OPINION: SCHS lacks a diverse selection of AP classes


Sarah Olson

AP Environmental Science is one of the many AP courses not offered at SCHS.

Santa Clara City Council member Sudhanshu Jain has pushed to establish an AP Environmental Science class at SCHS. For years, the district has pushed back with strict opposition.

“The administration told me, ‘Well, nobody’s asking for this,’” Jain said. “When I was a student in high school, I didn’t have the wherewithal to go ask for a new class to be taught, I would just see what’s offered and pick from there, and I think that was a total cop-out by the administration.”

It isn’t just AP Environmental Science. The lack of AP classes within SCHS is ever-so-present. Adding more AP classes is a huge money saver for students. According to the College Board, passing AP exams allow students to save their cash and time by graduating college early. For other students, AP classes can lessen their college course load, limiting the price of tuition.

The lack of diverse subjects in SCHS’s AP courses presents a large problem. Of the 36 AP courses mentioned on the College Board’s website, SCHS offers 18. There is a large deficit, for example, in AP Art programs as SCHS only offers AP Studio Art. The programs described on the College Board’s website delve into the history behind art and the processes behind design. Both of these are helpful skills for future art majors. Other AP programs like AP Environmental Science are necessary to equip America’s youth with knowledge of the climate.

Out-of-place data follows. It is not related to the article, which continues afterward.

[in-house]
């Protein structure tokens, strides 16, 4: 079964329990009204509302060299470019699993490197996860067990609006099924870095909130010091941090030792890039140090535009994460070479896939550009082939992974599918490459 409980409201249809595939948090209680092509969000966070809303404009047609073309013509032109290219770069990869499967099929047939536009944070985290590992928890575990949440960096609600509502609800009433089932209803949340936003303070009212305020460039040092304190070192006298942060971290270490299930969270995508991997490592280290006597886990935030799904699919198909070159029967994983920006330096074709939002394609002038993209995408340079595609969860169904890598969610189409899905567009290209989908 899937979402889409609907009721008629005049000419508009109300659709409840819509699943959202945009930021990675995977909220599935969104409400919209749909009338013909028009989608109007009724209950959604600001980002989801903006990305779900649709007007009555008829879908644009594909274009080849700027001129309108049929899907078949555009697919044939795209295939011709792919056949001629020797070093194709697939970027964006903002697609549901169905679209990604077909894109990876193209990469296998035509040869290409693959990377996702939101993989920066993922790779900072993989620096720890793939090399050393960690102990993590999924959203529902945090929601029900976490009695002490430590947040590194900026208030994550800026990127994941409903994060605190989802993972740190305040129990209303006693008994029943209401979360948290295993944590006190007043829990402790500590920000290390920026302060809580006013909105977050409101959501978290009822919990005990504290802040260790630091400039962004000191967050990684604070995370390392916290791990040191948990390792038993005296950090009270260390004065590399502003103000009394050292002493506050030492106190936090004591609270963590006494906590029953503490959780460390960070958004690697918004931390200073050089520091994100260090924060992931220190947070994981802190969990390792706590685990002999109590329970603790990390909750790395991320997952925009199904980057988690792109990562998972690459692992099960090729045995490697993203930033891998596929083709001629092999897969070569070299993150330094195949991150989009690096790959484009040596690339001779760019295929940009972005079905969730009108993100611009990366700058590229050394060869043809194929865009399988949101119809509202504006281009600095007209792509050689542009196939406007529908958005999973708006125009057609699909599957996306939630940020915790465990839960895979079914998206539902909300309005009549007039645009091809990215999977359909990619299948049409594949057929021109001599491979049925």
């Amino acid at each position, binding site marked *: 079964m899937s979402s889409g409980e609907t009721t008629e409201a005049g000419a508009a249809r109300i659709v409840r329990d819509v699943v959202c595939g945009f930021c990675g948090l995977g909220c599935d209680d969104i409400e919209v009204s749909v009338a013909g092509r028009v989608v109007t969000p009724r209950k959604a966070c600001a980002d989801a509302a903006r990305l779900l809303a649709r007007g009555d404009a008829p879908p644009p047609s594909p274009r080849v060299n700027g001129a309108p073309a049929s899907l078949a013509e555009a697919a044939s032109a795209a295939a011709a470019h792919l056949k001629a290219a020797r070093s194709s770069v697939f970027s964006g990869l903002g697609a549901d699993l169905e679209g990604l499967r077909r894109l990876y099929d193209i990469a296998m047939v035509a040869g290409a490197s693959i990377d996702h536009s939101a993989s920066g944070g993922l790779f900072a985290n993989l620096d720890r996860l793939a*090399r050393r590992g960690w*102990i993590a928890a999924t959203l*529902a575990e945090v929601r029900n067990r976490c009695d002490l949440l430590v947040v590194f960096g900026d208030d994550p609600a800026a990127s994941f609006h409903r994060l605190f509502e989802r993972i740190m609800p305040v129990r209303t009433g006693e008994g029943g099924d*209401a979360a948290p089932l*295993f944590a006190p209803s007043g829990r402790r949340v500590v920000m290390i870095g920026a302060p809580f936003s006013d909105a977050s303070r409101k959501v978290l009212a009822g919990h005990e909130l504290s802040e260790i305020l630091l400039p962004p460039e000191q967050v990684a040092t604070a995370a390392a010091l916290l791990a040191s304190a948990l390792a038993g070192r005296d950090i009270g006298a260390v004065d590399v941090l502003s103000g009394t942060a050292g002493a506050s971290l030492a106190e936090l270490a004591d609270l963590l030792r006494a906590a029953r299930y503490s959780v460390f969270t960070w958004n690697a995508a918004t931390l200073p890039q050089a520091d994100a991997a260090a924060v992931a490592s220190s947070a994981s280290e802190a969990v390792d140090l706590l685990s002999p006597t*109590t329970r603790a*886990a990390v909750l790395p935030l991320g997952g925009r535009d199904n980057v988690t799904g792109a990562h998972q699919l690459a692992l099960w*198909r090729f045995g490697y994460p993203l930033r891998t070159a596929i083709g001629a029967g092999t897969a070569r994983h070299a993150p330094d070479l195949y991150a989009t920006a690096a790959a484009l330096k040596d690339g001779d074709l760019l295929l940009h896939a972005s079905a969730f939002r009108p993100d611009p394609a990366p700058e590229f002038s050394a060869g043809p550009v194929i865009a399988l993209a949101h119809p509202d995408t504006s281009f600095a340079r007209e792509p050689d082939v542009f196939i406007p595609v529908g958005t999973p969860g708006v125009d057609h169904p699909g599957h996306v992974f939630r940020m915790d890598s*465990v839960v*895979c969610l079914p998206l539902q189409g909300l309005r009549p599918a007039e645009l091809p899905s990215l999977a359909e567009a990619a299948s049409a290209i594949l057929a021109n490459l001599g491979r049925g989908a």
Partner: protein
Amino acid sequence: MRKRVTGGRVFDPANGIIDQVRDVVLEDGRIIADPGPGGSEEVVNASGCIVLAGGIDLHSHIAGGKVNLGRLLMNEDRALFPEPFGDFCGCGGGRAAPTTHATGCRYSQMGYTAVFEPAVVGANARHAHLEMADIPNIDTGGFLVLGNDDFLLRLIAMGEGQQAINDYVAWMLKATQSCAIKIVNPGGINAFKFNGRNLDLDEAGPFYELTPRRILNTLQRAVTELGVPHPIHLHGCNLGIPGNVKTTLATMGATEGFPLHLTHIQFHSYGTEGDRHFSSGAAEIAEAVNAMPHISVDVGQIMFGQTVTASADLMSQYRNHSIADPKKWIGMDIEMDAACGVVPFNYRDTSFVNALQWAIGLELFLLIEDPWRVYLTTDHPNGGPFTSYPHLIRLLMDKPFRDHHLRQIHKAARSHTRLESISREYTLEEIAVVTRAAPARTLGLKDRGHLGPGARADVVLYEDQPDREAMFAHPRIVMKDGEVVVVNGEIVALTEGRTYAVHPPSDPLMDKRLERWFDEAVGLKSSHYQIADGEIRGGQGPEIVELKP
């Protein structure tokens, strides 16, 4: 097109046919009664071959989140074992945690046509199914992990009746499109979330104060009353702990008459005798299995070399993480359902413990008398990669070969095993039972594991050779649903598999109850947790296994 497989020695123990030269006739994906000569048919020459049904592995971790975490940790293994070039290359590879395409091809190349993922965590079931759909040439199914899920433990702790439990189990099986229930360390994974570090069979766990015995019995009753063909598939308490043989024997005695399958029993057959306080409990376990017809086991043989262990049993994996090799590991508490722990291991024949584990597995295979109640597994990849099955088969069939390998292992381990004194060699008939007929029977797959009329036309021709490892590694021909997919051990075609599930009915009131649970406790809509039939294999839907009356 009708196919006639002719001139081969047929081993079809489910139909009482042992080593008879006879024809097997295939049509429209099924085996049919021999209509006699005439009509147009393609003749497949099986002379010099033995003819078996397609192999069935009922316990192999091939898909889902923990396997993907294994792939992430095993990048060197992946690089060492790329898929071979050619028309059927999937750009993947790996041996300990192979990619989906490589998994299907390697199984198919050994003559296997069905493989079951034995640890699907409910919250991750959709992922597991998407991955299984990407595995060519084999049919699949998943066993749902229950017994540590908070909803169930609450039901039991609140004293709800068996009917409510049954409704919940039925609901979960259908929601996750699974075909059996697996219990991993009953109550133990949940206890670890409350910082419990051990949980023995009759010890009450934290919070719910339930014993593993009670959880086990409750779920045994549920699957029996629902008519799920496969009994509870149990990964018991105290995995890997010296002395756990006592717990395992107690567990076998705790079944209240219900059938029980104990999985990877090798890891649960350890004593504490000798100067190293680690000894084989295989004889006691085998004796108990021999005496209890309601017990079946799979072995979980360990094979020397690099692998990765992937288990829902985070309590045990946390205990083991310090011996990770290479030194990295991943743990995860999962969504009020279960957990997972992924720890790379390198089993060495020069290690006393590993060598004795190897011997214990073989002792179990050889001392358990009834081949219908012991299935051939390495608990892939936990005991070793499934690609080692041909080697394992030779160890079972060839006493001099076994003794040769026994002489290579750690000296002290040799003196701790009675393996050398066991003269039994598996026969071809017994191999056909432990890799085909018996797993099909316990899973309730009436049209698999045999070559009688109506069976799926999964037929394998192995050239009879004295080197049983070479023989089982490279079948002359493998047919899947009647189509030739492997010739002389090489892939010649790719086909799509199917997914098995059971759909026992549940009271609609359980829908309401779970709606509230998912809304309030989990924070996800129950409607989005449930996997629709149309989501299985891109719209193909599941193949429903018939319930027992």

“There are going to be so many jobs to handle climate change,” Jain said. “And they’re (SCUSD) just not teaching kids about what the future is going to look like, an all-electric future with carbon-free electricity.”

Educational shortcomings are present in other subjects as well, especially in the cultural microcosm. With dozens of flags brandishing the hallways of SCHS, the school only teaches a measly three languages. To accommodate for the abundance of cultural identities, SCHS should offer students more AP language courses.

The movement for more AP courses is one that can be strengthened through the student population. By creating petitions and asking for certain courses such as AP Environmental Science to be taught, students can bring new courses to SCHS.

“If the administration is saying they’re not teaching these classes because students aren’t asking for them, either do petitions, or just start showing up at school board meetings,” Jain said.

While the cost of funding AP courses, the space constraints and logistics may prove difficult, more AP courses are a necessity. By providing educational opportunities and a deeper understanding of subjects, schools better equip students to face the collegiate world.